A NZD28bn (EUR16.5bn)transport plan for Greater Auckland was launched by Transport Minister Phil Twyford and Mayor Phil Goff on 26 April, heralding the country’s biggest ever civil engineering works programme.
Christened ATAP 2018, the plan is “intended to create a 21st Century transport system for the city region” said Mr Twyford. Mr Goff said he hoped “to double the use of public transport over a short period of time”.
Included in the package is NZD8.4bn (EUR4.93bn) for rapid transit, including commuter rail enhancements, a light rail system and a busway linking Panmure and Botany.
The NZ Government is already financing the NZD1.4bn (EUR822m) 3.4km (2.1-mile) City Rail Link from Britomart under the city centre to Mount Eden. This will convert the suburban rail system to a through operation rather than terminating at the Britomart stub station. Electrification will be extended south from Papakura to Pukekohe.
The light rail proposals include a line from the city to the airport (but designed to serve more than airport traffic) and another to serve the Northwest Corridor (City – Lincoln Rd – Kumeu). Both are designed to support population and employment growth, and relieve congestion, with recommended investment of NZD1.8bn (EUR1.06bn). In the longer term there is potential for light rail to the north shore (Albany and Orewa). Design work is already underway.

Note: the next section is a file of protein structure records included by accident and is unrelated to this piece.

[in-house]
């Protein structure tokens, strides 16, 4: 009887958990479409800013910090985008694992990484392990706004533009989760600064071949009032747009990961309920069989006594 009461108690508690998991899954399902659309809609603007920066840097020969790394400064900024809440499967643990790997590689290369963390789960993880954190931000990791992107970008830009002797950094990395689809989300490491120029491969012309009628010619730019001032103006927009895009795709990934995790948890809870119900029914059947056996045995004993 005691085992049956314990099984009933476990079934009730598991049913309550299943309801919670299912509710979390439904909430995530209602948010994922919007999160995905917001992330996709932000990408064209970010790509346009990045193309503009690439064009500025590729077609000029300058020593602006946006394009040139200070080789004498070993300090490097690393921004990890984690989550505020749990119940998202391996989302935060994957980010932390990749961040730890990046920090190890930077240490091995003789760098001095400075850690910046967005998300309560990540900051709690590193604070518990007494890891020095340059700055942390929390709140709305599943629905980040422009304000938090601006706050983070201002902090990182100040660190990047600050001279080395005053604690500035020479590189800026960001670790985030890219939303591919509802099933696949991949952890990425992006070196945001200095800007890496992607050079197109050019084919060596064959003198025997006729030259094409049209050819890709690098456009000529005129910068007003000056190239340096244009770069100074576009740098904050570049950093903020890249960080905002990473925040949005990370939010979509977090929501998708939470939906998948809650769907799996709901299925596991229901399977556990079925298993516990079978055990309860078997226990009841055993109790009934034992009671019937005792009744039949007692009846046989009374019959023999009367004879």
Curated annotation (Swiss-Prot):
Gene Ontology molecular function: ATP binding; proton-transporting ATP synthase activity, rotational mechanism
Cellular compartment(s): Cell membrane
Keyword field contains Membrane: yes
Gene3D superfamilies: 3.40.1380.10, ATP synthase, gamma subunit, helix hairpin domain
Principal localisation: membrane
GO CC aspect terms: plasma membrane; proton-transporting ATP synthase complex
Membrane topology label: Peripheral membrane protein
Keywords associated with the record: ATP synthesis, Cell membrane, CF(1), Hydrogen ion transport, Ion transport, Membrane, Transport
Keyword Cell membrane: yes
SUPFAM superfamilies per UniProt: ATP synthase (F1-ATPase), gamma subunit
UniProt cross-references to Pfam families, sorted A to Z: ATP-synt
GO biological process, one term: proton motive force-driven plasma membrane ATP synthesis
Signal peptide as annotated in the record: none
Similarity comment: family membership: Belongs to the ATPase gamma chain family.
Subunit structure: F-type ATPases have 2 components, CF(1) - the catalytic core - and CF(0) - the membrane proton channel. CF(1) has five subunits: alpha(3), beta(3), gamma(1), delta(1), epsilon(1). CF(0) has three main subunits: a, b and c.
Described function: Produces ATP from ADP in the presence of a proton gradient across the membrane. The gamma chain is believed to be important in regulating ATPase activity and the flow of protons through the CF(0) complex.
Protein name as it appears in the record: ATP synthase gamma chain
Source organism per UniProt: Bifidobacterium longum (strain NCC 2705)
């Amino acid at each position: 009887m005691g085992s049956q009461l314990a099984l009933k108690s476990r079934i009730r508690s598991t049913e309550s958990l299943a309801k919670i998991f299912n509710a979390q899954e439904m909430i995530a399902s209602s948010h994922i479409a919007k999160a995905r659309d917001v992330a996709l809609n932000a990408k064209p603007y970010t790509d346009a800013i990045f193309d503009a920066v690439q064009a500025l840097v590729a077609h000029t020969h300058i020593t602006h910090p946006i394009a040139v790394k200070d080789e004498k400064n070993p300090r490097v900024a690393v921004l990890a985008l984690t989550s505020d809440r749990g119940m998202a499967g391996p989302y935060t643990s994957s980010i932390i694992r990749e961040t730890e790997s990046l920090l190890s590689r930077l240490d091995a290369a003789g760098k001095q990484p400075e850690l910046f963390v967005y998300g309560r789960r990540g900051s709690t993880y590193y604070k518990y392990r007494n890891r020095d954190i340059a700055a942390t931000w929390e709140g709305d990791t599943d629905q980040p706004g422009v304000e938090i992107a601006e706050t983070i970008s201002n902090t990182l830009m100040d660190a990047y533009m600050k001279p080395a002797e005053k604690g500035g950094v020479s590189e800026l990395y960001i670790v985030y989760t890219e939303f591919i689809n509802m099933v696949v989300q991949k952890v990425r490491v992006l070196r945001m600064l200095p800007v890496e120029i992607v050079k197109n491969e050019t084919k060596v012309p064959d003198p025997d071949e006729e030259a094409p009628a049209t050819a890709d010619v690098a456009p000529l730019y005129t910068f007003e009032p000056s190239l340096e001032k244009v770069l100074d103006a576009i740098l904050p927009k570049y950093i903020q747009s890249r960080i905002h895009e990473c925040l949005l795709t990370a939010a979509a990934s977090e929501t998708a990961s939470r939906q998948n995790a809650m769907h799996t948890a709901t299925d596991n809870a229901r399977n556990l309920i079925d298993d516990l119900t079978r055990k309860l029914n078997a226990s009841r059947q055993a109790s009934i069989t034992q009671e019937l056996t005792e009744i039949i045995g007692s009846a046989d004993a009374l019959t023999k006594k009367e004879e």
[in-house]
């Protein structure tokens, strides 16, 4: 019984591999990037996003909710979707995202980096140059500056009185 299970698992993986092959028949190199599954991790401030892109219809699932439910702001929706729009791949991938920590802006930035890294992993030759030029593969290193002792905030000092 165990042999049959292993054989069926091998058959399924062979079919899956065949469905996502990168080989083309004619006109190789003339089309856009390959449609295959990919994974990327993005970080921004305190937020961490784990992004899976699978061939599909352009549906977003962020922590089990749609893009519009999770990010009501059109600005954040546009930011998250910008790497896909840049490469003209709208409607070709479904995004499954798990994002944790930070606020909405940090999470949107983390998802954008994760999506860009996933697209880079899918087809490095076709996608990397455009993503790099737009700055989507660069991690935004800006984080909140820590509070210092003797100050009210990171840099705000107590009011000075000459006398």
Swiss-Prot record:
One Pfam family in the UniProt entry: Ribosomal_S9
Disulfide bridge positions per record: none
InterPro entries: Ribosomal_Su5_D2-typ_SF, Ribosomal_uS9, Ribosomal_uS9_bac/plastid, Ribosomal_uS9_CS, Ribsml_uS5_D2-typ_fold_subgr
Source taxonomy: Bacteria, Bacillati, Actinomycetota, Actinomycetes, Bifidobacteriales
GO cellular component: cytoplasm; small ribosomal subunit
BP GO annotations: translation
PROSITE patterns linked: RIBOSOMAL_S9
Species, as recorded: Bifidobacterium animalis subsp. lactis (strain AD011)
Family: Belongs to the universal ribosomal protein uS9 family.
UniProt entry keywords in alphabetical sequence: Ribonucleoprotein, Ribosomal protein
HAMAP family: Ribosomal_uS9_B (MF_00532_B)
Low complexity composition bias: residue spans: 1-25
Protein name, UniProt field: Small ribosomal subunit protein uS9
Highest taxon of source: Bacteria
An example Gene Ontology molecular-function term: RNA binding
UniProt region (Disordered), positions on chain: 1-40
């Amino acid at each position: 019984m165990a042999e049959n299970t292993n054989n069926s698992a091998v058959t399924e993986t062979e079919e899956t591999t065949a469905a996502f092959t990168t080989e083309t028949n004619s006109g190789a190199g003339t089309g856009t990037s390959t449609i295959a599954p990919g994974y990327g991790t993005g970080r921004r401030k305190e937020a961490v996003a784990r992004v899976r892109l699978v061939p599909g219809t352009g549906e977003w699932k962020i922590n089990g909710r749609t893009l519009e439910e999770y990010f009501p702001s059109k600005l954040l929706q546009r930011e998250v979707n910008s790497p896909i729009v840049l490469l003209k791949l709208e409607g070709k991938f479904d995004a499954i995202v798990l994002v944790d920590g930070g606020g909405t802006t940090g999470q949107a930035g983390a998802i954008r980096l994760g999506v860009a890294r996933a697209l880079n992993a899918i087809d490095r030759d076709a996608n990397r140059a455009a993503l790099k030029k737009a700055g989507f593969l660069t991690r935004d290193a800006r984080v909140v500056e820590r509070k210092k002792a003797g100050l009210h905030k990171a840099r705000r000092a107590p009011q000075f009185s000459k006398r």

Funding for the plan will come from rates and development contributions (NZD8.45bn/EUR4.96bn), a regional fuel tax (NZD4.4bn/EUR2.6bn), the National Land Transport Fund (NZD16.3bn/EUR9.58bn) and Crown Infrastructure Partners (NZD360m/EUR211.5m).